On our last day in Tokyo we went down to the Odaiba area. Great idea! Odaiba is basically Tokyo’s giant amusement park. In contrast to some of the narrow streets back in town, Odaiba is expansive, and has well-designed everything.
There is the Museum of Emerging Science and Innovation. It has displays of robots, cat brains, the space station, genetically-engineered plants, model demonstrations of concepts from quantum mechanics, and best of all: a fully-working mechanical model of the internet. (Actually, this was perhaps not as awesome as the robots.)
There is the giant ferris wheel. It has impressive views, is 119 metres high and the ride lasts 16 minutes. The audio system in our gondola played Ravel’s Boléro on the way up.
There’s a Toyota showroom. (Still popular when we had a quick look there despite the problems with their pedals). There’s a ginormous shopping centre. There’s strange buildings and huge carparks and musicians.
So that was fun. The next day we went to Nara, again, first with the Shinkansen to Kyoto and then a rapid train.
Nara is famous for its deer population. There are two things I learnt about the Nara deer from simple experimentation: they are natural posers for photographs, and will follow you if you rustle a plastic bag (this was handy: I got a deer out of the way of a truck that looked like it was waiting for a while.)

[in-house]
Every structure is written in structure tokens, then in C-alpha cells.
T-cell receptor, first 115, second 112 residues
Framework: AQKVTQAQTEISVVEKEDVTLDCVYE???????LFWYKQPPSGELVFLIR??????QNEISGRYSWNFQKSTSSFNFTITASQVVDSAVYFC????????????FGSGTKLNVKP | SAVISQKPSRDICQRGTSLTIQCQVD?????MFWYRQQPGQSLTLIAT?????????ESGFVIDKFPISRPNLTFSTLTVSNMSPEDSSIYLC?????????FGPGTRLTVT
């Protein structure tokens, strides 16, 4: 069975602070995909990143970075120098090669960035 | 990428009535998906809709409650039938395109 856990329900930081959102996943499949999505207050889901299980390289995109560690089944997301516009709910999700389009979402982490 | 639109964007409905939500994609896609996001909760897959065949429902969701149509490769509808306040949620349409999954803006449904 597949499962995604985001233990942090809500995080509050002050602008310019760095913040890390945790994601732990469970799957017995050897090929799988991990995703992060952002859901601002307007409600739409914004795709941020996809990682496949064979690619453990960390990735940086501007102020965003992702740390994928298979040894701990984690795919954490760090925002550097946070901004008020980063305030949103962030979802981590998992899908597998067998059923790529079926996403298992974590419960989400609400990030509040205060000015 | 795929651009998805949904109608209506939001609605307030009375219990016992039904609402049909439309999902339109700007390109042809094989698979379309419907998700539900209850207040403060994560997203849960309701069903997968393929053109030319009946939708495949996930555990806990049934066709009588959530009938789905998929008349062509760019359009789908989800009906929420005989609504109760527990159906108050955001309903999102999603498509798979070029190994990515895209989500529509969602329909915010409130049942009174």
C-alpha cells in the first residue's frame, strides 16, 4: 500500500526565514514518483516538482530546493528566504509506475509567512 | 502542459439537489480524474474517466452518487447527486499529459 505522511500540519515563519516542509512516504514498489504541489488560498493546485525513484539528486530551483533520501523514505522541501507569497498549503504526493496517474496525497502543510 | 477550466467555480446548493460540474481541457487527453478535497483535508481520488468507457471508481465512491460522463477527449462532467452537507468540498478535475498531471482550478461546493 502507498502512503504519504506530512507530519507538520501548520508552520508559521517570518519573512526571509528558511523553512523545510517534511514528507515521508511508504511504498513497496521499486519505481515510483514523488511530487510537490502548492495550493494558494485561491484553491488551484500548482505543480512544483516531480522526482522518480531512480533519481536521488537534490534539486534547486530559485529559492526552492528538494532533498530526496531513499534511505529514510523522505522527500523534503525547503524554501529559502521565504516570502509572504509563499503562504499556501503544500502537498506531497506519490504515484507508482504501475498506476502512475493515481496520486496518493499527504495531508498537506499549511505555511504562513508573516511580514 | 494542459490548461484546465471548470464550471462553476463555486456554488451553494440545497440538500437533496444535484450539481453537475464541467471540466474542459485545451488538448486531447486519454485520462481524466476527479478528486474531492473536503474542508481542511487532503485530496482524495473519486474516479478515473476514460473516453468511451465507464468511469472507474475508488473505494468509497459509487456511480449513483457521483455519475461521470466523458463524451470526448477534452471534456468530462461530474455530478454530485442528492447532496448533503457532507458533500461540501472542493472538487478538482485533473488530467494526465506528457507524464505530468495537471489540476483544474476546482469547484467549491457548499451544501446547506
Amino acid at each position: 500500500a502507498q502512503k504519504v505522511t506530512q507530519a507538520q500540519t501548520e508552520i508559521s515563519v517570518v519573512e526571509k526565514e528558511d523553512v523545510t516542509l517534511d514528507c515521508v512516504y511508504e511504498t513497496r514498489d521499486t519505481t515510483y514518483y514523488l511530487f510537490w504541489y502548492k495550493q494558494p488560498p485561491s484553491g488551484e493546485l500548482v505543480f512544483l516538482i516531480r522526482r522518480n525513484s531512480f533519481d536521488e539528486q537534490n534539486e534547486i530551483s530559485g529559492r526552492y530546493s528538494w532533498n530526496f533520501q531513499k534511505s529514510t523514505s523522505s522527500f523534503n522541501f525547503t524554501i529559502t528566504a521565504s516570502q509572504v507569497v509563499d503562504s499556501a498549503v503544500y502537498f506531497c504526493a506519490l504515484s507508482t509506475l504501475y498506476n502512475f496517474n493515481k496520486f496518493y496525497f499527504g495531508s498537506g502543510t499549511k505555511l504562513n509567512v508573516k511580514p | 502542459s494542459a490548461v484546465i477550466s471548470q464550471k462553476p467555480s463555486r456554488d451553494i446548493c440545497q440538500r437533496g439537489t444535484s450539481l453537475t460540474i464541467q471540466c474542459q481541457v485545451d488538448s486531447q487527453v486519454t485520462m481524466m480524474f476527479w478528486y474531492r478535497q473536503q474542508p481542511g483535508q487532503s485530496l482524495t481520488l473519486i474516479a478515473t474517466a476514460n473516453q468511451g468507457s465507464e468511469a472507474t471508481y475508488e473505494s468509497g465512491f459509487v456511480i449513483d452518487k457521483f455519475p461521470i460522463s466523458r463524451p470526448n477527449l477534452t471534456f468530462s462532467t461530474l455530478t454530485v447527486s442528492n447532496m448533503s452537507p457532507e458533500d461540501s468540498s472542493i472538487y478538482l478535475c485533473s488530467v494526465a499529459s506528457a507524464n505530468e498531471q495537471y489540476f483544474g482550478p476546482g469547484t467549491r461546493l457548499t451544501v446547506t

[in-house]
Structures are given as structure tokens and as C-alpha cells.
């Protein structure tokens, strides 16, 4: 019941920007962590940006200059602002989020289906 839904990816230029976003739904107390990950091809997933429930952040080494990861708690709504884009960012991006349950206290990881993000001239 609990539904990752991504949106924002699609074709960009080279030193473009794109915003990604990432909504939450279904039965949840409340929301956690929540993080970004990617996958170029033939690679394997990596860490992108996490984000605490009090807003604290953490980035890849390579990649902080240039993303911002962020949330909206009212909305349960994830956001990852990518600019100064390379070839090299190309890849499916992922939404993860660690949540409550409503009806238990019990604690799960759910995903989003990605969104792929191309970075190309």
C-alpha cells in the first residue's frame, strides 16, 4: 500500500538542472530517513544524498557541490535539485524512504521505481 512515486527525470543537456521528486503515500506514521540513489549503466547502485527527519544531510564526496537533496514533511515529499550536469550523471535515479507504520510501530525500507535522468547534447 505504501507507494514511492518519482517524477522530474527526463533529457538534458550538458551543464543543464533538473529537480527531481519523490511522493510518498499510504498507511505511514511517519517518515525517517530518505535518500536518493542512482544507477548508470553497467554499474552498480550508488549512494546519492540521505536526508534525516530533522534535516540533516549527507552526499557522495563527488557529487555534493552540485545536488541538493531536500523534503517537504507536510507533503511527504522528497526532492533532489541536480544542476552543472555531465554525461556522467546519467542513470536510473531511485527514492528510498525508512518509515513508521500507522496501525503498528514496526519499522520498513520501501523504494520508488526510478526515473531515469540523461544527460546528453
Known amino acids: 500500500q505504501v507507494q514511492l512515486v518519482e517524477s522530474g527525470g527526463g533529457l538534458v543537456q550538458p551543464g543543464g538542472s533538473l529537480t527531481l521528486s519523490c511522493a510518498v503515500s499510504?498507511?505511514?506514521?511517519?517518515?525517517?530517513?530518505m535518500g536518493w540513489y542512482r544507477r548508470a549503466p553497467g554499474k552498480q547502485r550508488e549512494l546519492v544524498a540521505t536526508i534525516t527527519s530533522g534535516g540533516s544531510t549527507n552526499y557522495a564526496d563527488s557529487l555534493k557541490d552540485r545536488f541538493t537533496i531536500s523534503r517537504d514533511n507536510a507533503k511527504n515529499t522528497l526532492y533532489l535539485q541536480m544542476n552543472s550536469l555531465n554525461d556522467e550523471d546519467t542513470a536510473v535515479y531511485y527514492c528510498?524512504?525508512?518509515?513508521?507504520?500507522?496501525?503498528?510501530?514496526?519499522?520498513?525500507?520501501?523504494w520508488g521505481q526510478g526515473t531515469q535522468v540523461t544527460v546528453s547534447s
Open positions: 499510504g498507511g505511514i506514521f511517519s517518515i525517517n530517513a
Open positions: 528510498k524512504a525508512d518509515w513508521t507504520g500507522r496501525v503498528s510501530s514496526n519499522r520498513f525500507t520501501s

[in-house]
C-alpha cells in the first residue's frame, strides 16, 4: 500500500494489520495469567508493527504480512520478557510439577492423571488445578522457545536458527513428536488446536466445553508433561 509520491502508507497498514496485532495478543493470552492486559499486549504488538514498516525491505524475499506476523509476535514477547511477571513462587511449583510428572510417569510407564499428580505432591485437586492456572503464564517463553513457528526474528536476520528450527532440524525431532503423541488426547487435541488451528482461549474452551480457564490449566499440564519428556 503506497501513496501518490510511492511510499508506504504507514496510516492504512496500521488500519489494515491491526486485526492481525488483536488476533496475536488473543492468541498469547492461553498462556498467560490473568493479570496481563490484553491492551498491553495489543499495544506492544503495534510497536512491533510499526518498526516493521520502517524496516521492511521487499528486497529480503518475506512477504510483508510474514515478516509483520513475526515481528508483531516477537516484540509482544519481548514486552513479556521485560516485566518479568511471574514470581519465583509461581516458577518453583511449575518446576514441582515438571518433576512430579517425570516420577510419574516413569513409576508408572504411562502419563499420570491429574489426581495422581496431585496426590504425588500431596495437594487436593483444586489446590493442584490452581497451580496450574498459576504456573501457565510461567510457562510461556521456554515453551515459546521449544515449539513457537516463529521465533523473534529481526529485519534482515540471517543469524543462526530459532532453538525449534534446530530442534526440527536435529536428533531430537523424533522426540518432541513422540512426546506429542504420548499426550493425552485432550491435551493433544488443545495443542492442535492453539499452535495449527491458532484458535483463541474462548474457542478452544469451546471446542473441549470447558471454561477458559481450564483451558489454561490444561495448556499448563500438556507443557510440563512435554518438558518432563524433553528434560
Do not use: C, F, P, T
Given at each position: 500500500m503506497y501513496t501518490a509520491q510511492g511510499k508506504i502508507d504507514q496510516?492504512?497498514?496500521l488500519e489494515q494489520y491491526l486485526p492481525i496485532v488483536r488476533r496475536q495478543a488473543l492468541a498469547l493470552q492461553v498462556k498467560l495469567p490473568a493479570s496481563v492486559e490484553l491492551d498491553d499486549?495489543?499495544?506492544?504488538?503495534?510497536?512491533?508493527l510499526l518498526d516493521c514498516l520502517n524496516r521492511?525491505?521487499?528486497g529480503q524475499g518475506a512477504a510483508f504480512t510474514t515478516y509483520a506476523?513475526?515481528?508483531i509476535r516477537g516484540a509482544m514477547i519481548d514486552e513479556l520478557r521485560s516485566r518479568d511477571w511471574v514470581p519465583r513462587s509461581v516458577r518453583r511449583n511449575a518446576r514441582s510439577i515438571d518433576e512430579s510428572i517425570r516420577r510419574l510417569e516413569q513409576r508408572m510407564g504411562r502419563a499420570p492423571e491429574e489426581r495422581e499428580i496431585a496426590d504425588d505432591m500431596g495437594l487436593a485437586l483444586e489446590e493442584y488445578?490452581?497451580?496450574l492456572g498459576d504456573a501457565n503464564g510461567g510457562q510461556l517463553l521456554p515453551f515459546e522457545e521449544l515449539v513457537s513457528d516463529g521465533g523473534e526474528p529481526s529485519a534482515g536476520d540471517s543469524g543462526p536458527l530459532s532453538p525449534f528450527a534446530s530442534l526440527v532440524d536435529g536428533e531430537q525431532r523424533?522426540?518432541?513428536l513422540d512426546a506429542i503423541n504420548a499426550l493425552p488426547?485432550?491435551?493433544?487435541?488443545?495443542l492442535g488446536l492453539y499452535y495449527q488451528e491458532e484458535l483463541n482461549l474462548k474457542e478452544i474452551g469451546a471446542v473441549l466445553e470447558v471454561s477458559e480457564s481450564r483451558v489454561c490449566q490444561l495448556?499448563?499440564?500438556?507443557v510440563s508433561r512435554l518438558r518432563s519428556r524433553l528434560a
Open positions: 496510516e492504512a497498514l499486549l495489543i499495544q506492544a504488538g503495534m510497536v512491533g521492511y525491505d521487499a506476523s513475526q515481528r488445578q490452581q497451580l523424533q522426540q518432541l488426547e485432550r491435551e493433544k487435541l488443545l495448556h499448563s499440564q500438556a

We did the usual shrine and temple tour, but unlike the ones in other places that had been ravaged by many fires or destroyed for one reason or another, and subsequently reconstructed, some of the original buildings in Nara have actually survived until today. Very impressive.
I like the smaller-town feel of Nara. It reminds me a bit of Hobart. It also rained for most of the second day, which helped.
Then the other day we went back to Kyoto. It’s convenient to stay here for the last couple of days since there is a train back to the airport, and we certainly haven’t exhausted the sights here.
We went to Nijo Castle. If I was Tokugawa Ieyasu I’d be pretty pleased with how expansive and decorated my castle was. Many of the fascinating original paintings are kept in the dark for preservation, and there is no photography allowed inside, but I did take a lot of photos of the gardens.
We also went to see a film. Being a huge gushing fan of the Haruhi franchise, I was thrilled to see that Kyoto Animation had finished the first Haruhi film (The Disappearance of Haruhi Suzumiya, or 涼宮ハルヒの消失) and released it to cinemas on the 6th. The large quantity of unsubtitled Japanese washed over my head but I was still really happy to see this film.
That pretty much brings us up to today—tonight, we fly back to Australia. Hope you’ve enjoyed the read. See you next time!